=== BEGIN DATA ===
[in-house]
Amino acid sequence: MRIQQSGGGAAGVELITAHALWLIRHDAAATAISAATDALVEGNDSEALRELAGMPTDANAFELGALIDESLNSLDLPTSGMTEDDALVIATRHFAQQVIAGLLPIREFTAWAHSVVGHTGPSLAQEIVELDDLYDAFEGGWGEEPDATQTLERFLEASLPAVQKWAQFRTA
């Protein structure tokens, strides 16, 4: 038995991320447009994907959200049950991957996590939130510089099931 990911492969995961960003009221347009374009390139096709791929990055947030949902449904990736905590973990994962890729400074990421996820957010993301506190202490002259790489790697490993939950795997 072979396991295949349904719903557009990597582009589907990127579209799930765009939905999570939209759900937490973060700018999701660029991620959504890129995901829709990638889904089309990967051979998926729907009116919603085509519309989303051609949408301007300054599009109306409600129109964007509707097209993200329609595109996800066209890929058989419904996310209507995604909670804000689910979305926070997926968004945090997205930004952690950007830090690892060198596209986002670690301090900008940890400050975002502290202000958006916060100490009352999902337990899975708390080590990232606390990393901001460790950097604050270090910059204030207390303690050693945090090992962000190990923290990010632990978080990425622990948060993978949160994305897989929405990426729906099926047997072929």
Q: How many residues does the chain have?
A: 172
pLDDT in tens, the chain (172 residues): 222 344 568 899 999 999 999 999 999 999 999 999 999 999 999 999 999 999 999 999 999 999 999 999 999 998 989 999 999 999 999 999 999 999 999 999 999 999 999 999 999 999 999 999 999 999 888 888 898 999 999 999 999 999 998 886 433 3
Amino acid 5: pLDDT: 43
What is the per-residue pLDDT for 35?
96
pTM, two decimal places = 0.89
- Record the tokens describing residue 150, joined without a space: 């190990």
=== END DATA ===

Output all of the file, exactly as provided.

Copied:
[in-house]
Amino acid sequence: MRIQQSGGGAAGVELITAHALWLIRHDAAATAISAATDALVEGNDSEALRELAGMPTDANAFELGALIDESLNSLDLPTSGMTEDDALVIATRHFAQQVIAGLLPIREFTAWAHSVVGHTGPSLAQEIVELDDLYDAFEGGWGEEPDATQTLERFLEASLPAVQKWAQFRTA
């Protein structure tokens, strides 16, 4: 038995991320447009994907959200049950991957996590939130510089099931 990911492969995961960003009221347009374009390139096709791929990055947030949902449904990736905590973990994962890729400074990421996820957010993301506190202490002259790489790697490993939950795997 072979396991295949349904719903557009990597582009589907990127579209799930765009939905999570939209759900937490973060700018999701660029991620959504890129995901829709990638889904089309990967051979998926729907009116919603085509519309989303051609949408301007300054599009109306409600129109964007509707097209993200329609595109996800066209890929058989419904996310209507995604909670804000689910979305926070997926968004945090997205930004952690950007830090690892060198596209986002670690301090900008940890400050975002502290202000958006916060100490009352999902337990899975708390080590990232606390990393901001460790950097604050270090910059204030207390303690050693945090090992962000190990923290990010632990978080990425622990948060993978949160994305897989929405990426729906099926047997072929």
Q: How many residues does the chain have?
A: 172
pLDDT in tens, the chain (172 residues): 222 344 568 899 999 999 999 999 999 999 999 999 999 999 999 999 999 999 999 999 999 999 999 999 999 998 989 999 999 999 999 999 999 999 999 999 999 999 999 999 999 999 999 999 999 999 888 888 898 999 999 999 999 999 998 886 433 3
Amino acid 5: pLDDT: 43
What is the per-residue pLDDT for 35?
96
pTM, two decimal places = 0.89
- Record the tokens describing residue 150, joined without a space: 């190990």